Software as a Sitcom

Software development analogies are sometimes fun and potentially revealing. With that being said, I wanted to throw out a small nugget I thought of.

Growing up, I watched a fair amount of sitcoms until I realized the basic plot device. Essentially, something happens where a character on the show makes a choice, is worried about the ramifications of that choice, and is then somehow deceptive. They keep having larger and larger miscommunications and problems as the show goes on, and more problems (and hence hilarity), ensue due to keeping the problems under wraps. Eventually the characters realize the mistake, and the show ends with everyone having learned a valuable lesson.

  • Note: I am not affiliated with any of the sitcoms mentioned below, nor do they support me financially. :)

Full House

At some point, I got pissed because I just thought “Why doesn’t Stephanie just tell Danny Tanner that she wrecked the car instead of trying to hide it for like two more days? I’m pretty sure Danny’s going to flip out and kick Comet and ground you, but at least you get it out in the open. There’s definitely nothing to be gained from hiding it. Why would any rational person do this?”

Anyway, this process happens all the time on sitcoms. But the question that I thought of was: does it happen on software projects?

I suppose that part of this is a human tendency to attempt to delay pain whenever possible. You take a known undesirable and put it out into the future where it may or may not happen. Seems like a good thing, right? Maybe I can fix up the car with my piggy bank and Uncle Jessie’s spare tools, or maybe dad won’t notice the car being missing. Maybe I won’t be working on the project anymore. Maybe we can add a couple of people, that seemed to work for another project that was having similar problems. And maybe we can make it up. Maybe we can pull a few late nights or work some Saturdays to get this project back on track, or maybe we can just cut some corners here and there and fix them later when we have more time.

Unfortunately, by delaying communication, you lose a chance to align expectations early. There is a mental shift cost incurred when a stakeholder doesn’t quite know what is going on. The earlier that you can provide this information, the more time the person involved gets to stew on the information and try to come up with alternate satisfactory solutions or at least understand what is going on. In this sense, having transparency is key. No one likes to come to the end of a project that they thought was going well but see that things have gone amiss.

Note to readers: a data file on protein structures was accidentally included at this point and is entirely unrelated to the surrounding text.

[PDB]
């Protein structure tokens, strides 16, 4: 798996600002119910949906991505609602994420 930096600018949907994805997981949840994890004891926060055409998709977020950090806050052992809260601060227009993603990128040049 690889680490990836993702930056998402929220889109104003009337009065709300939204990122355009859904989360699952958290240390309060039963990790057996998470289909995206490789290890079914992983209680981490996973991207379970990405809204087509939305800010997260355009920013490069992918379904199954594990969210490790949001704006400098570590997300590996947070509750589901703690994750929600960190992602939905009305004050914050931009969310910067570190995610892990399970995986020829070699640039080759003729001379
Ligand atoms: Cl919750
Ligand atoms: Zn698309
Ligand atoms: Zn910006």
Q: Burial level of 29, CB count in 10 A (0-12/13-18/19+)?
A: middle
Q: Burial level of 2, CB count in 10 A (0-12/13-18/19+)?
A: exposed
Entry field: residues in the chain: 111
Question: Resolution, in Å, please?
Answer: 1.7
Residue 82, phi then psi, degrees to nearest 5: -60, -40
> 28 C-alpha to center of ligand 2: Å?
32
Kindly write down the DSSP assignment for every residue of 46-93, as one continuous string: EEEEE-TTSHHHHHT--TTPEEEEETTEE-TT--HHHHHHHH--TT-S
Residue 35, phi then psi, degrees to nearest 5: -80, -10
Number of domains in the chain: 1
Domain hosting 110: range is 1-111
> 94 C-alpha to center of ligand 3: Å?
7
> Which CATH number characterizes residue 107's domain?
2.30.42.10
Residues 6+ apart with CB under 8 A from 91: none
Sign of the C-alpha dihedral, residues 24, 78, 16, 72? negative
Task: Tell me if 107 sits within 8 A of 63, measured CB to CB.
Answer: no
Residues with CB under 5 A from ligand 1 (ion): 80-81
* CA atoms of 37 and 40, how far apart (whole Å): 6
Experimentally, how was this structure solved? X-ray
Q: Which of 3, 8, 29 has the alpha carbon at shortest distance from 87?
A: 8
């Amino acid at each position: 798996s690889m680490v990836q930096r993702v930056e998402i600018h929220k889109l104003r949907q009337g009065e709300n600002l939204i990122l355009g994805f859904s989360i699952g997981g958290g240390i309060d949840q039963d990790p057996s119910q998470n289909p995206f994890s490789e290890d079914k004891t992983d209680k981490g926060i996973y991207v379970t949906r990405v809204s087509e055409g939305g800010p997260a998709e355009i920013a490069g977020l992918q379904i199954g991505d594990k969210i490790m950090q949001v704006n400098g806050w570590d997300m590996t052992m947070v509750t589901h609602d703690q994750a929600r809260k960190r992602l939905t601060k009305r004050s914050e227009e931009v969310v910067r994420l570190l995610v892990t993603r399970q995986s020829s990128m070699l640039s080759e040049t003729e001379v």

Unfortunately, in the real software world, hilarity rarely ensues from not communicating the true status of a project. More often money is lost and quality suffers due to a compressed schedule based on unrealistic expectations. People don’t get grounded, they get “let go”.

Home Improvement

Tim “The Toolman” Taylor always took a break around the twenty-minute mark of the show Home Improvement to talk to his neighbor Wilson across the fence about the problems he was facing during that episode. Tim would explain the situation, and Wilson would give him some sage advice that made a lot of sense to Tim. Tim would go back into the house armed with his somewhat rudimentary version of the wisdom that Wilson imparted, and things would get patched up.

It seems like Tim would have benefited from doing retrospectives before the twenty-minute mark (or, as sometimes happens in the software world, after the show, or maybe in the break room.) Maybe looking at the process and decisions made at five minute intervals throughout the episode would have helped to get at the root of the problem before it got worse. By the time that he got to the twenty minute mark, there was like one commercial break and five minutes of show left to resolve the underlying problems that were plaguing his family. They could have taken a kaizen approach to their family relations to lessen the chances that 2/3 of the way through the show the communication process was producing unsatisfactory results. I wonder how Tim’s experience with power tools and the search for ever more powerful tools mirrors some developers’ tendencies.

What this post hopefully stresses is communication of project status and expectations and evaluation of the development process. Do you have a sitcom example of your own?

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